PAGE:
If you enjoy Greater Greater Washington, you should go see Clybourne Park, if for no other reason than it might be your only chance for a long time to see a play whose second act starts with a debate over the zoning definition of “frontage.”
Fifty years separate the two acts of Clybourne Park, playing at the Woolly Mammoth Theatre until April 17th. The first, in 1959, takes place at the same time as Lorraine Hansberry’s A Raisin in the Sun, but from the point of view of the family selling the house to the Hansberrys.
The formerly all-white, suburban neighborhood of Clybourne Park outside Chicago is about to become integrated as a black family moves in, which as in many such neighborhoods ultimately triggers “white flight” out of the area.
The second depicts the same house in 2009, as a young, white couple has just bought the house. Clybourne Park now finds itself once again on the precipice of racial change as gentrifiers move into what has been for decades a predominantly African-American neighborhood. The couple wants to tear the house down and build something taller and probably gaudier, prompting a petition to establish a historic district to preserve the Craftsman bungalow and others like it.
Playwright Bruce Norris weaves together many layers besides the main racial plot and the zoning and historic preservation. In fact, the play doesn’t even get to race until well into each act, with the characters instead trading entertaining repartee about topics like demonyms while giving the audience a deep insight into the various characters.
In fact, the characters spend more time avoiding difficult subjects than confronting them. Clybourne Park is perhaps more a play about the ways people avoid talking about race, family relationships, and other painful topics, along with the evident discomfort that then arises once circumstances force the issues to the fore. Most of the time, the audience can laugh at, and with, the characters’ discomfort; at other times, it becomes so great as to make the audience clearly uncomfortable as well.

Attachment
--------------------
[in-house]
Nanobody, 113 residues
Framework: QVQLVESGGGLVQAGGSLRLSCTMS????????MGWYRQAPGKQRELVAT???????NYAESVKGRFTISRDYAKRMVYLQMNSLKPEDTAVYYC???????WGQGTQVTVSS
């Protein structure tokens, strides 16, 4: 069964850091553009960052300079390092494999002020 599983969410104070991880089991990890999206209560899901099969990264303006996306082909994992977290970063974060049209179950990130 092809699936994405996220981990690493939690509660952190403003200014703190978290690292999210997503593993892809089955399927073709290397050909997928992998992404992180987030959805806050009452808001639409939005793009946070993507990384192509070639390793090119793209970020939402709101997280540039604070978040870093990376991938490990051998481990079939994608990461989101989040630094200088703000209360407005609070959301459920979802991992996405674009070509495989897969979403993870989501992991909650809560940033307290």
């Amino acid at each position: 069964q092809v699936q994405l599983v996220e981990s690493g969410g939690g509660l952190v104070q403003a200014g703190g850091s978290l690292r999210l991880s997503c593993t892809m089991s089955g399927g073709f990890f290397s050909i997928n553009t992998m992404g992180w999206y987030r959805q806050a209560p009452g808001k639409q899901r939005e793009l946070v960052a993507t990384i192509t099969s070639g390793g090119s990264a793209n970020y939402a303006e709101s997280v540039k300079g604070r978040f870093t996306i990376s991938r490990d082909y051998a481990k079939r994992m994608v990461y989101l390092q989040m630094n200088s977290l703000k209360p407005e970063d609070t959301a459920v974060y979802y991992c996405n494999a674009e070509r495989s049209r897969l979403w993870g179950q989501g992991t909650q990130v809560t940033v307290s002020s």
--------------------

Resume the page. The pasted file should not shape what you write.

There are no clear heroes or villains in Clybourne Park. In the second act, for example, a black female character follows up a moving statement about her family with a reference to conspiracy theories about gentrification, while one of the white male characters replies with an abstract demographic argument that exhibits a real insensitivity to the feelings of those displaced. Everybody is imperfect, sometimes right, sometimes wrong.
I went to the play expecting a thought-provoking investigation of gentrification; I found myself pondering many other subjects as well and thoroughly entertained along the way.
The Woolly Mammoth also reached out to a number of neighborhood blogs like And Now, Anacostia, Borderstan and U Street Girl to discuss the question, “Is your neighborhood Clybourne Park?” Though the play resonates with modern-day gentrification in many neighborhoods across DC, And Now, Anacostia makes the most convincing case that that neighborhood is the closest analogue:
Like Clybourne Park, Anacostia (Historic Anacostia / Uniontown) was an all-white neighborhood until the 1960s. Its businesses and housing stock saw major declines in the second part of the 20th century. And like in Clybourne Park, today there are many people and organizations here in Anacostia that are interested in seeing the neighborhood develop into something that recognizes history, respects its buildings, and fuses new with old.
The theater also is offering $15 discount tickets through those blogs; I’m sure they won’t mind if you use the same code, especially since you ought to read those blogs anyway. Use the code 789 to get tickets online, on the phone at 202-393-3939, or at the theater itself at 641 D Street, NW.
Update: Some have reported the code not working online, but still being able to use it over the phone. Or, just pay full price and support the arts if you can afford it.